Given my record of a too-full inbox and a seemingly ravenous spam folder, it feels like a small miracle that I received the message at all.
I had missed the CNN story that had gone viral and so the title of the message, Cards for Jacob, might have come across as unimportant or like more noise from a world so filled with communication.
I had recently approached the Children’s Museum & Theatre of Maine about a collaboration having to do with the Free-to-Play Project—a collection of my work meant to draw attention to the inherent value—and birthright—of children’s access to and freedom to play in childhood.
We had engaged in promising conversations about sharing my work—ultimately thwarted by my lack of status as a non-profit entity.
It didn’t matter that my mission and desire were to donate funding to their programming.
They were bound by rules and as disappointed as I was.
Despite my frustration with the red tape, I decided to donate half of the profits from a recent commission to the museum scholarship program anyway. The contribution would support seven families offering unlimited access to engaging play for one year.
It felt like the right thing to do in the moment and later I realized it was instrumental in connecting me to Jacob.
When we are open to it—and maybe even when we are not—it seems there is an invisible web of connection that extends beyond the known parameters of this life safeguarding our path to evolution and our purpose in being here.
I like to think Jacob somehow ensured I got the message because he knew this work was for me.
Imagine the power of a small and earnest request invoking a ripple across the globe—from New York to Australia to Dubai—causing hundreds of thousands of people to be stopped in their tracks and to respond.
This was the power of a small, 9-year-old boy whose nose wrinkled at its ridge when he smiled.
His name was Jacob Thompson and his request was simple and from the heart.
In the last weeks of his life—rendered short by terminal neuroblastoma that he had been fighting for four years—he shared from his bed at Maine Medical Center that he would like to receive Christmas cards from anyone who might like to send them his way.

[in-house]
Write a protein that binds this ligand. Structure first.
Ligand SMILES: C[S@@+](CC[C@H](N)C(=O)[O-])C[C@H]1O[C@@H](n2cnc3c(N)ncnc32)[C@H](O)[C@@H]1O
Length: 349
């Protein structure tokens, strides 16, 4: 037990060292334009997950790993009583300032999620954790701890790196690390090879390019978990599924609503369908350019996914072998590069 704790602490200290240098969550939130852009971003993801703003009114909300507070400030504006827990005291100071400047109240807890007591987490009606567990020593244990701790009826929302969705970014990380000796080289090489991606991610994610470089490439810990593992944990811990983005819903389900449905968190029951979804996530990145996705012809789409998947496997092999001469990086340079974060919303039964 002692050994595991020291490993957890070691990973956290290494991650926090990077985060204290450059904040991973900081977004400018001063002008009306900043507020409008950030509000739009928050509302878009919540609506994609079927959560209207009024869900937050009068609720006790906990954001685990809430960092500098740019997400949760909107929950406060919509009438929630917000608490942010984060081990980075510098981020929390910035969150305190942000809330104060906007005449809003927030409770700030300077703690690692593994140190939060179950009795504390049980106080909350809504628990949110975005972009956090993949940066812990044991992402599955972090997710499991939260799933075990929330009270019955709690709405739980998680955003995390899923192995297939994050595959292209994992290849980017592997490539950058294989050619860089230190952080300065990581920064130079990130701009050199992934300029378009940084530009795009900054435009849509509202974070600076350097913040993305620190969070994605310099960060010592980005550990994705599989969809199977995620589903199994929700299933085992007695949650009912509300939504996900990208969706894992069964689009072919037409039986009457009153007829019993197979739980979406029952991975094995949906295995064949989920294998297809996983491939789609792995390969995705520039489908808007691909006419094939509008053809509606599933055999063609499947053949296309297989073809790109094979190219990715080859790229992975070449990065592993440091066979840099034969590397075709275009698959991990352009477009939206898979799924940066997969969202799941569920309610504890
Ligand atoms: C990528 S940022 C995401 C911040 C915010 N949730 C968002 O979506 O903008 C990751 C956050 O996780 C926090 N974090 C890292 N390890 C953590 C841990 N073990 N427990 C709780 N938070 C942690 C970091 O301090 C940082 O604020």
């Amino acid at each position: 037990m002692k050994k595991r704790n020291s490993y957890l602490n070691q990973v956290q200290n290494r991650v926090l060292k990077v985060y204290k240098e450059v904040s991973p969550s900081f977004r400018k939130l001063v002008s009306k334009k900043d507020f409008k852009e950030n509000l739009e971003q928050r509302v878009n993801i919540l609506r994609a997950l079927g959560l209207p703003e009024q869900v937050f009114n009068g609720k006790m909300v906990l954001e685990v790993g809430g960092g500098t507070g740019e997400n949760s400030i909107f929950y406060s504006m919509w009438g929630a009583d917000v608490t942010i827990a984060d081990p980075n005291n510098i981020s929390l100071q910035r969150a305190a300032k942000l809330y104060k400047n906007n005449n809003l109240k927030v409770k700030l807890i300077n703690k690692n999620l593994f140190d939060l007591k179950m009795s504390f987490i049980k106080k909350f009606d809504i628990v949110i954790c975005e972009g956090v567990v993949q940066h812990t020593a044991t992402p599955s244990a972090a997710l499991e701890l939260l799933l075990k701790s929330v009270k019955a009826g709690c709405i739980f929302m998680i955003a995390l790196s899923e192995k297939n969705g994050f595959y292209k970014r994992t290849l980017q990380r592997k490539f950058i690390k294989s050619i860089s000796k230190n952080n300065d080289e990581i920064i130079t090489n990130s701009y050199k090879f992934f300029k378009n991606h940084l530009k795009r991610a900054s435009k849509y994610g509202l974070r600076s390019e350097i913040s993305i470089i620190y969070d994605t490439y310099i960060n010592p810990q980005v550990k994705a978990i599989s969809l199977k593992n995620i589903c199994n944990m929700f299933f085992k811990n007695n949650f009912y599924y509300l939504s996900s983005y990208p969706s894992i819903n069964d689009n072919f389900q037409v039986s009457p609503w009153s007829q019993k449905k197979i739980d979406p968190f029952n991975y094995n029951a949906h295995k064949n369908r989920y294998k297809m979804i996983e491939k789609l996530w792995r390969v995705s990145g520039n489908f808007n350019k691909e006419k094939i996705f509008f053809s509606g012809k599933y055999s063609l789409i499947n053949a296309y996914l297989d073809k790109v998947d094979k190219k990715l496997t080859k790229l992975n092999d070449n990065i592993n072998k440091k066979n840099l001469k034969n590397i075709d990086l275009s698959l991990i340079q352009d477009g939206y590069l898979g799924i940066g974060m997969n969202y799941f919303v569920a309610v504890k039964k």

His wish was to celebrate early a holiday he would likely never experience again.
As an aside, he noted how much he loved penguins.
The response took everyone by surprise and was so overwhelming the Portland Postmaster General became involved and began keeping track of the number of cards that were pouring in like an overflow of winnings from a slot machine.
A storage facility was rented to house the incredible influx of mail and Jacob’s family found a purpose—opening and reading cards with and eventually for Jacob—during an extremely painful time.
A few weeks after receiving the e-mail, I found myself driving to a part of a nearby town I had never been to.
It was a cold and sparkling morning just after the New Year and a heavy downfall of snow.
Surrounded by beautiful forests, I could have been driving across the scene of a quintessential Christmas card which seemed remarkable, given the circumstances.
I had been invited to view some of the hundreds-of-thousands of cards Jacob had received before he passed away and to consider whether I might be able to create a work of art with them given my experience working with repurposed materials.
Jacob’s family had been referred to me by an administrator at the children’s museum—the purpose of my experience there clear to me now.
As I drove to the meeting it felt as if I was following a thread connecting me to the next, relevant point in a geometric pin and thread art formation that constructs the pattern of a life.
A cousin of Jacob’s mother came outside into the brisk air and bright morning to meet me.
She wanted to ensure that I entered a certain door in the house so as not to have to navigate the snowier pathway.
She had put her dogs away so they wouldn’t bother me.
I could hear them barking and bouncing around on the wood floors—they sounded big.
Having just said goodbye to my own beloved cat, Autumn, I was eager to meet them and said so.